Loading ...
Sorry, an error occurred while loading the content.

Re: [jslint] Re: Strict violation

Expand Messages
  • Michael
    ... A full explanation would really be helpful. This was something that was really confusing me just this morning. Especially with a lot of libraries which
    Message 1 of 14 , Oct 19, 2010
    • 0 Attachment
      On Tue, Oct 19, 2010 at 3:17 PM, pauanyu <pcxunlimited@...> wrote:

      >
      >
      > --- In jslint_com@yahoogroups.com <jslint_com%40yahoogroups.com>, "Douglas
      > Crockford" <douglas@...> wrote:
      > >
      > > --- In jslint_com@yahoogroups.com <jslint_com%40yahoogroups.com>,
      > "pauanyu" <pcxunlimited@> wrote:
      > >
      > > > "use strict";
      > > >
      > > > function foo() {
      > > > return this.message;
      > > > }
      > > >
      > > > document.body.addEventListener("click", foo, true);
      > > >
      > > >
      > > > The above returns the same error, at the same location. What do I need
      > to do to convince you that this is a problem? I think JSLint should tolerate
      > "this" when it is being used in these two ways.
      > > >
      > > > Both ways should be valid, according to ECMAScript 5 strict mode, so
      > unless you have a reason to believe that these two use-cases should be
      > banned...
      > >
      > >
      > > There is a lot of crappy code that ES5 accepts that JSLint rejects. Your
      > argument will not work here.
      > >
      > > The point of ES5/strict is to prohibit leaking of the global object,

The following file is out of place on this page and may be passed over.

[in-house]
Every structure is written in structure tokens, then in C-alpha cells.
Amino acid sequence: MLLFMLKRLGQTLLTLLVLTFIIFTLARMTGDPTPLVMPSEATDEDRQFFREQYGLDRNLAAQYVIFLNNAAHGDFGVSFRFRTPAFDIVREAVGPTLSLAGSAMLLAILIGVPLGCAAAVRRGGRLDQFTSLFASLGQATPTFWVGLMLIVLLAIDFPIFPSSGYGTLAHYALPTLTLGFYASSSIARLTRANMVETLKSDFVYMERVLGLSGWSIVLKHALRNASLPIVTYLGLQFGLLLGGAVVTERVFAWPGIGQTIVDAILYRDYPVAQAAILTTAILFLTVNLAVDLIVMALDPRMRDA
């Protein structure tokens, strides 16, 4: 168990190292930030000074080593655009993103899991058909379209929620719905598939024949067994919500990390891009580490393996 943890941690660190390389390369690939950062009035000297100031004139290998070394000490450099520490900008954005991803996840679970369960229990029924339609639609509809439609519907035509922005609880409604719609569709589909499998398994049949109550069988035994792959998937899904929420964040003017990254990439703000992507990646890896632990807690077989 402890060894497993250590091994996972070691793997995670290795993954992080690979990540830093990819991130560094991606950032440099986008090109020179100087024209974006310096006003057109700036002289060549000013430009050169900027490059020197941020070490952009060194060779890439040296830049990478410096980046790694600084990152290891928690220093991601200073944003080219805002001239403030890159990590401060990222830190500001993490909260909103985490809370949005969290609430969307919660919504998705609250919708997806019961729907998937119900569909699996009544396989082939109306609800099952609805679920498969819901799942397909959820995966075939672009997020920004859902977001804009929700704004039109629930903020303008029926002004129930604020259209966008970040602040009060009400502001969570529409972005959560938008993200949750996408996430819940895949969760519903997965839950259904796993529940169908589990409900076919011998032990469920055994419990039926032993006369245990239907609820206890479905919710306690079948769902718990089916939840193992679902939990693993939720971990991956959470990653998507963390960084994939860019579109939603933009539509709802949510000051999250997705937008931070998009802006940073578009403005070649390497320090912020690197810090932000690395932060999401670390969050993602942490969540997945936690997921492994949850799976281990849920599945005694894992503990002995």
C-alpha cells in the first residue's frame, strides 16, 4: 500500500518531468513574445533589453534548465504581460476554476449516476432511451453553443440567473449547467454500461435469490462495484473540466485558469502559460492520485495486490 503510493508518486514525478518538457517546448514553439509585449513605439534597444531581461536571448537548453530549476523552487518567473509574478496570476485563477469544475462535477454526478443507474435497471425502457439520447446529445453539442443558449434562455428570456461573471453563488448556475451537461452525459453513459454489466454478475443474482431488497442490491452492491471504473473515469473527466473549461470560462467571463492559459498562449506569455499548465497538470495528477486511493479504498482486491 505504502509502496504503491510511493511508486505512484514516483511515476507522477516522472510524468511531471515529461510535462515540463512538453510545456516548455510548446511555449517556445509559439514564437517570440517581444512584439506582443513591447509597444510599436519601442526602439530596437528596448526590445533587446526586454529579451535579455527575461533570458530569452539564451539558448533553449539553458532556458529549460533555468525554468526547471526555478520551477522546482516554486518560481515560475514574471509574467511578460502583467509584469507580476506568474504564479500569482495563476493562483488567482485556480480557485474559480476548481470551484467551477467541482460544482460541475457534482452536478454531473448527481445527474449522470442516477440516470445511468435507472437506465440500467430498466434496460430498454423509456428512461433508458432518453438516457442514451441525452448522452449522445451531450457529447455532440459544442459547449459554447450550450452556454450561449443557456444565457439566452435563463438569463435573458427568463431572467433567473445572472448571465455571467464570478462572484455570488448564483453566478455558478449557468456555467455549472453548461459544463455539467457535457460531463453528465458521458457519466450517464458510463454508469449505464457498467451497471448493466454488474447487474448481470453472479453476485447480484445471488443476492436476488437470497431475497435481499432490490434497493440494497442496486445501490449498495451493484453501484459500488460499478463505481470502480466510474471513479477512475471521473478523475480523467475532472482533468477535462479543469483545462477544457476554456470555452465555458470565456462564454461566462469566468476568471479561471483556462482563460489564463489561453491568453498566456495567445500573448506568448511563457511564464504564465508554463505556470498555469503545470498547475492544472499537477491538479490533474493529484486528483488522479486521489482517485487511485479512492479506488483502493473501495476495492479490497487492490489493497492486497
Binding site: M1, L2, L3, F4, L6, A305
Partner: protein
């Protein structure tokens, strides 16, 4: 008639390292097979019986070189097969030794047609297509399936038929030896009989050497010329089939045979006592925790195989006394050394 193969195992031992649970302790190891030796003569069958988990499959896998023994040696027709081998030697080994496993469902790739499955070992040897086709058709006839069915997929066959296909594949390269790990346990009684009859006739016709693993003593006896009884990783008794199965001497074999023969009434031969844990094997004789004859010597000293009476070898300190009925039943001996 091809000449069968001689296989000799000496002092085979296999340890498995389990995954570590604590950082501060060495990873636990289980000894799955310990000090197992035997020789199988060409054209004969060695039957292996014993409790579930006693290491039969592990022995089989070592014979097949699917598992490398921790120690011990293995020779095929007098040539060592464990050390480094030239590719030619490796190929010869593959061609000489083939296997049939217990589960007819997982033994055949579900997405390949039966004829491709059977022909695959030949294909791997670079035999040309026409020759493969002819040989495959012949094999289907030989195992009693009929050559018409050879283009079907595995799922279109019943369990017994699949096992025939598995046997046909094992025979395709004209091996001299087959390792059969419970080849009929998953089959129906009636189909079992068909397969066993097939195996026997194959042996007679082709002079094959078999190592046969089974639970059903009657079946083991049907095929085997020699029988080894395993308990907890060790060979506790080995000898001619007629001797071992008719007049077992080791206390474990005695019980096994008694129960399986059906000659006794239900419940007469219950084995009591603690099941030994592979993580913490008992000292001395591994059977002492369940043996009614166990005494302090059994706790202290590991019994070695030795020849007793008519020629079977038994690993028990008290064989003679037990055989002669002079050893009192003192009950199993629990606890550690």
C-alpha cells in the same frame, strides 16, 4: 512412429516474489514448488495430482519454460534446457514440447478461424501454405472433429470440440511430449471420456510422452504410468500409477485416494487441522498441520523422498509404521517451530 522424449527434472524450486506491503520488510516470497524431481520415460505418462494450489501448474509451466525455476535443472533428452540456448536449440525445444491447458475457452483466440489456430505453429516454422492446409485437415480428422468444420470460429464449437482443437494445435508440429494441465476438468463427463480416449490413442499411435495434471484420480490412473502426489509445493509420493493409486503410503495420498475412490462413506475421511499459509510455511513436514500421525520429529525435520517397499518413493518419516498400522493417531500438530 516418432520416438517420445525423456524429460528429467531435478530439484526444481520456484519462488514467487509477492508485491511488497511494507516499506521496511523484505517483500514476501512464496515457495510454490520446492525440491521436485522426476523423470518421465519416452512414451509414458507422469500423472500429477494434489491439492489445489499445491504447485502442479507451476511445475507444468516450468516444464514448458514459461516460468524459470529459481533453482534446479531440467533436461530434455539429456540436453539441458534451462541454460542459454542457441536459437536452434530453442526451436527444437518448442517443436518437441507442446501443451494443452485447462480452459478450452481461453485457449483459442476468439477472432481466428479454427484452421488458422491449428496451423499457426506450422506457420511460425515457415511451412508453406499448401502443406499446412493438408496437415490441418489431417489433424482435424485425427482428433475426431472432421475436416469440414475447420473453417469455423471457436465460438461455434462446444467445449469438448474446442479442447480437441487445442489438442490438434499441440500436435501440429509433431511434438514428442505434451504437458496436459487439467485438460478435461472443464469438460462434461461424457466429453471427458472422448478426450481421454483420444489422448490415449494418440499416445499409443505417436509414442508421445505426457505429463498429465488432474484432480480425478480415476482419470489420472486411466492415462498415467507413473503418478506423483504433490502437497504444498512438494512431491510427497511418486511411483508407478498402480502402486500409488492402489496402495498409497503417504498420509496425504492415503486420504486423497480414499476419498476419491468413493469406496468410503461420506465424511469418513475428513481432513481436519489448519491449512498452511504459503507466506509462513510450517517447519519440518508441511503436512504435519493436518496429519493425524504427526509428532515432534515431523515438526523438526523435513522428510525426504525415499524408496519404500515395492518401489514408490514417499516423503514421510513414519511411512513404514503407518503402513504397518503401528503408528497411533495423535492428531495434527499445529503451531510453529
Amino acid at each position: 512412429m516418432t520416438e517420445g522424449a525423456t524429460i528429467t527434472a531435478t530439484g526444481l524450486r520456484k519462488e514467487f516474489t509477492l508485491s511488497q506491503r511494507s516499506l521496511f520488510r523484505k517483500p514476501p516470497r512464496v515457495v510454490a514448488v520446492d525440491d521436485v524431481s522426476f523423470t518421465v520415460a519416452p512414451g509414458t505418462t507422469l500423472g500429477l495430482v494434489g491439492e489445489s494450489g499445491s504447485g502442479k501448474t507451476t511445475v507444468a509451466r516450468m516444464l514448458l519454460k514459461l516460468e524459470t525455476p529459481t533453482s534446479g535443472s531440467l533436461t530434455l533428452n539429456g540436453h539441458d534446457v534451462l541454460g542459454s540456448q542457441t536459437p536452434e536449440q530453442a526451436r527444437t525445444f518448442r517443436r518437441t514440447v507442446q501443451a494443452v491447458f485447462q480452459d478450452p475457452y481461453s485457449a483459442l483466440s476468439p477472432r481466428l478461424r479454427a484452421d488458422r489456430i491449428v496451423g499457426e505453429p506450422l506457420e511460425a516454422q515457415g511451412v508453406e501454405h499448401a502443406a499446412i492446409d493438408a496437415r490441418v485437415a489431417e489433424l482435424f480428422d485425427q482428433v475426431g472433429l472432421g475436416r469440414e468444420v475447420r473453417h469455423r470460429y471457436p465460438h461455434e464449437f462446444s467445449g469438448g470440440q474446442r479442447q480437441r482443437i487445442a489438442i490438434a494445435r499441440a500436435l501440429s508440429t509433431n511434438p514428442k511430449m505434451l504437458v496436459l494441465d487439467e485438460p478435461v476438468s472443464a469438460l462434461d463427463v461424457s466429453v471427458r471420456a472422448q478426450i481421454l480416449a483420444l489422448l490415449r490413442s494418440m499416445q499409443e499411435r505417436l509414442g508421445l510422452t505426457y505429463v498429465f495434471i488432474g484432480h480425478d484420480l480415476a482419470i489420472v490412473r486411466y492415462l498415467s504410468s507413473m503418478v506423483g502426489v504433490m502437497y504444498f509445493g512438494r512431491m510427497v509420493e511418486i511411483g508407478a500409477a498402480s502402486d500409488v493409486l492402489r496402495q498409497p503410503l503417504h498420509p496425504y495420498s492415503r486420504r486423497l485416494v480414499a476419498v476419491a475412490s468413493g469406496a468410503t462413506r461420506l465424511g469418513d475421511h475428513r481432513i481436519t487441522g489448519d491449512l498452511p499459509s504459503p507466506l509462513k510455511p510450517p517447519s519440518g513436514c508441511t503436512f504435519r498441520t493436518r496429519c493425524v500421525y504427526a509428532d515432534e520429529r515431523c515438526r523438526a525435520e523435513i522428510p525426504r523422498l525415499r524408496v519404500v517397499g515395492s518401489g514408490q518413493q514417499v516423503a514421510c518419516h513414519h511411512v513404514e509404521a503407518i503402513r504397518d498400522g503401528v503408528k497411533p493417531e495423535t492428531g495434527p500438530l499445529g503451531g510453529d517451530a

> something that ES3 does promiscuously. ES5/strict does some of its work
      > dynamically, and some of its work statically. JSLint does all of its work
      > statically, so it must be even more restrictive in order to best help you
      > get your program right. Remember that the goal of JSLint is to improve code
      > quality, not to make you feel good about sloppy work.
      > >
      > > So when JSLint sees you saying "use strict"; and then sees you use a
      > function statement containing this, it assumes that you don't know what you
      > are doing and it gives you a warning.
      > >
      > > My advice is that you either stop using strict mode, or adopt a more
      > professional coding style.
      > >
      >
      > In that case, could you at least change the error message to something
      > like:
      >
      > Strict violation: don't use "this" within a function.
      >

      A full explanation would really be helpful. This was something that was
      really confusing me just this morning. Especially with a lot of libraries
      which show examples of applying a scope to a callback function. Looking at
      it now explicit is beautiful, but as a long time JS programmer, I always
      thought the other way was better until I did research and read into some of
      Douglas's comments in this thread.

      Thanks,

      Michael


      [Non-text portions of this message have been removed]
    Your message has been successfully submitted and would be delivered to recipients shortly.